video content Image generated by Wilowrid

And then that gives me the clearance that I need to pivot up the down spout and then it can hold in place while I move and then I can just pivot that back down to the splash card and it's good for when it rains .

So that is option two .

That's it .

For option two , I think this is an ideal solution for many people out there .

I've had this on many of my rental properties and at my own home over the years , the only issue with this is if you have somebody else mowing your lawn , it's common that they probably won't put these up .

They might hit them , the screws come out and they kind of fail over time because it is kind of sticking out there for any one , your dog , your lawnmower hit and they do get damaged over time .

So that is why I would say this isn't the best permanent solution and why there is an option three .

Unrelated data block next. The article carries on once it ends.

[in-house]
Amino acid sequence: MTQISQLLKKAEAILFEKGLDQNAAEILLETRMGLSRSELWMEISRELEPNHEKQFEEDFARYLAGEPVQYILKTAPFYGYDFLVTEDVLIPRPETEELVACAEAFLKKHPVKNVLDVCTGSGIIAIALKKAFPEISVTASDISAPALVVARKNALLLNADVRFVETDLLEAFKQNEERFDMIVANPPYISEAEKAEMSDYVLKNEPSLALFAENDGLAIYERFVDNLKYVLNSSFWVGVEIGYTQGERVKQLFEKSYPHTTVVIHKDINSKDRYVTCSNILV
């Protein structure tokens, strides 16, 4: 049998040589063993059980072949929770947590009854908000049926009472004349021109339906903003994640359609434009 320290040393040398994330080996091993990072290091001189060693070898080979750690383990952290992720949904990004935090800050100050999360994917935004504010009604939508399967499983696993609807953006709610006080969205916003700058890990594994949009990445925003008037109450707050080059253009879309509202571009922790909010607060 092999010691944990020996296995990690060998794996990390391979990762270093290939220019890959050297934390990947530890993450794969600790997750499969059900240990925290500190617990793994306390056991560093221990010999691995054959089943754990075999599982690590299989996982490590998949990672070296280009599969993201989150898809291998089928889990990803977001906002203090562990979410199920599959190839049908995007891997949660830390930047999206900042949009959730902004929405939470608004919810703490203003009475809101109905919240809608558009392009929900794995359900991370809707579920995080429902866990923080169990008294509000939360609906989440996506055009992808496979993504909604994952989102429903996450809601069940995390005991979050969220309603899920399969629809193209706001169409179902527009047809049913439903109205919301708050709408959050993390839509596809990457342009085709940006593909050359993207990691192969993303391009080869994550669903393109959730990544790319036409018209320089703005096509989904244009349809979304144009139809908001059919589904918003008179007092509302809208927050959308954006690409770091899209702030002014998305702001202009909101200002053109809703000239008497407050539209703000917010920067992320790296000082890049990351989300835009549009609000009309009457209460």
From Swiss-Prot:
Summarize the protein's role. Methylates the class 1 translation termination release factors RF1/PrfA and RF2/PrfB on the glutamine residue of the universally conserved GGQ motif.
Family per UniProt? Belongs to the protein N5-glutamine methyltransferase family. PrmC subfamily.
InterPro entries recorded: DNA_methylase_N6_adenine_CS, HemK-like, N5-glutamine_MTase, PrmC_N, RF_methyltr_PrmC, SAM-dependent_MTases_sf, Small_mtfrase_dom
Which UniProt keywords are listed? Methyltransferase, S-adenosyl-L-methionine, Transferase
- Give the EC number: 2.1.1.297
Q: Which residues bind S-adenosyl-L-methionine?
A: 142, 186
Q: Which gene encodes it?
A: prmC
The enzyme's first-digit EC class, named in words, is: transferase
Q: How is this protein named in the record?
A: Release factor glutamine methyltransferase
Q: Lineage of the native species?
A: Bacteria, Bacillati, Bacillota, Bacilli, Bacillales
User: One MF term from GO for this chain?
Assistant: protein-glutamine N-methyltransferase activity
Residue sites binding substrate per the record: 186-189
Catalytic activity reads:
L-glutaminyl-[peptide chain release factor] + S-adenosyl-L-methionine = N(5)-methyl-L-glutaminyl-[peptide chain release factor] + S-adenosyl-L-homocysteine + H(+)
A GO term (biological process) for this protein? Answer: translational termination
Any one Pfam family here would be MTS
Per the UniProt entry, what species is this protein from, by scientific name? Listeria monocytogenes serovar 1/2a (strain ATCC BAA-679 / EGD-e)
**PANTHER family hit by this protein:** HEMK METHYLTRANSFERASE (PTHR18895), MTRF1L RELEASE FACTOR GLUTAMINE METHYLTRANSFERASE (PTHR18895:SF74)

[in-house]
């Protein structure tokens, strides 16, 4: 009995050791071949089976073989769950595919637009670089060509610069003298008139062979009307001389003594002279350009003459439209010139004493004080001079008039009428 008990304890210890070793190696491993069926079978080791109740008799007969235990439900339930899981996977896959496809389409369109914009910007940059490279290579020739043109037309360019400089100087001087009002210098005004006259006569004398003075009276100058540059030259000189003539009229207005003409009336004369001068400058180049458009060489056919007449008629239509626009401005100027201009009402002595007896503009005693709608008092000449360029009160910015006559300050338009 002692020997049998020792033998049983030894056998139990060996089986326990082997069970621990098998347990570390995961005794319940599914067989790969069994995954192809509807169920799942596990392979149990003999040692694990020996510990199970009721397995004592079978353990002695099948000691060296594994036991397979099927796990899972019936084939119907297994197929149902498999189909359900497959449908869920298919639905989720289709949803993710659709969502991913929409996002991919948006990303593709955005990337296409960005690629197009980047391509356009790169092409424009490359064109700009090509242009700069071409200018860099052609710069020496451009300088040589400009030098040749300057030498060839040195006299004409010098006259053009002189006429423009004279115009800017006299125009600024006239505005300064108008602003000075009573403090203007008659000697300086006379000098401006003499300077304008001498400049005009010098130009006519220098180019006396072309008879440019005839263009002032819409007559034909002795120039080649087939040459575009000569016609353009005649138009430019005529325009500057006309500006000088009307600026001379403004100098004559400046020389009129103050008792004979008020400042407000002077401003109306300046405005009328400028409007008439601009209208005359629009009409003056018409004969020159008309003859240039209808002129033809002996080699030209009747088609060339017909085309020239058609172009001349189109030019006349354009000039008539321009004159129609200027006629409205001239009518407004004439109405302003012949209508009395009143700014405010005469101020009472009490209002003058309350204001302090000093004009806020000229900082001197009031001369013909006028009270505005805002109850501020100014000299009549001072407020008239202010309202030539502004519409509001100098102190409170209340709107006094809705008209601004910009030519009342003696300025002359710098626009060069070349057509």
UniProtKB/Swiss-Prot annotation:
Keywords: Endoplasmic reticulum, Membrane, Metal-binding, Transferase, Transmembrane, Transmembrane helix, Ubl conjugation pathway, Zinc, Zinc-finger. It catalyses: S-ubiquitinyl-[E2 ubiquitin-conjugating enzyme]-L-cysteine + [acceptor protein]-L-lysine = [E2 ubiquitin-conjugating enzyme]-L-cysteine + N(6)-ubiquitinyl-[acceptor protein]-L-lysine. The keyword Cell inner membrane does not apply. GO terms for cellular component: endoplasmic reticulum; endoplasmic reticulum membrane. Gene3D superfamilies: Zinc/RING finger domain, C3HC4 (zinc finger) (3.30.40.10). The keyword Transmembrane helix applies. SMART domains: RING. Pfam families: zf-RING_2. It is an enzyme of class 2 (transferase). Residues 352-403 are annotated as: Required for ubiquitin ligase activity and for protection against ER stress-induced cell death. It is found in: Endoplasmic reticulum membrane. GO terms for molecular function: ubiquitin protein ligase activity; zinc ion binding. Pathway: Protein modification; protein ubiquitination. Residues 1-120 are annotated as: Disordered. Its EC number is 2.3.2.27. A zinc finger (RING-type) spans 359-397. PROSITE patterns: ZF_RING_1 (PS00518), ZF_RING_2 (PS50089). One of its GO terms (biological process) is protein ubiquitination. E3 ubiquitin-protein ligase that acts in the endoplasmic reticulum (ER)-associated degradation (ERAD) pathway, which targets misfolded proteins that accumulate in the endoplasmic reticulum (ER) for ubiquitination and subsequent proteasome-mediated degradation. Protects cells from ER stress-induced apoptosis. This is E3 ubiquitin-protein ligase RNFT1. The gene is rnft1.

video content Image generated by Wilowrid

But for option two , if you have just another length of down south that you can get pretty much any home improvement store , you have a hacksaw and probably some tin snips .

That's how I cut the notch in the end is with tin snips and you can find the link to the proper tin snips or even the hacksaw that I use in the description if you need that for reference .

But if you want to step up and go a more permanent long term solution , like I am going to on this one that is where you are going to have to trench and run either four inch PV C pipe or four inch corrugated pipe through that trench that is properly dug to have a nice slope or grade on it and then discharging that water well away from your home .

Now , I have four other videos and there's a playlist right here that you can reference that was show you how to understand the actual elevation change in your yard , which is pretty easy .

It's just using a string and a bubble level and doing some measurements .

video content Image generated by Wilowrid

So you can see how many inches down or up do I have a negative grade ?

Which is not ideal , but that is what I have here .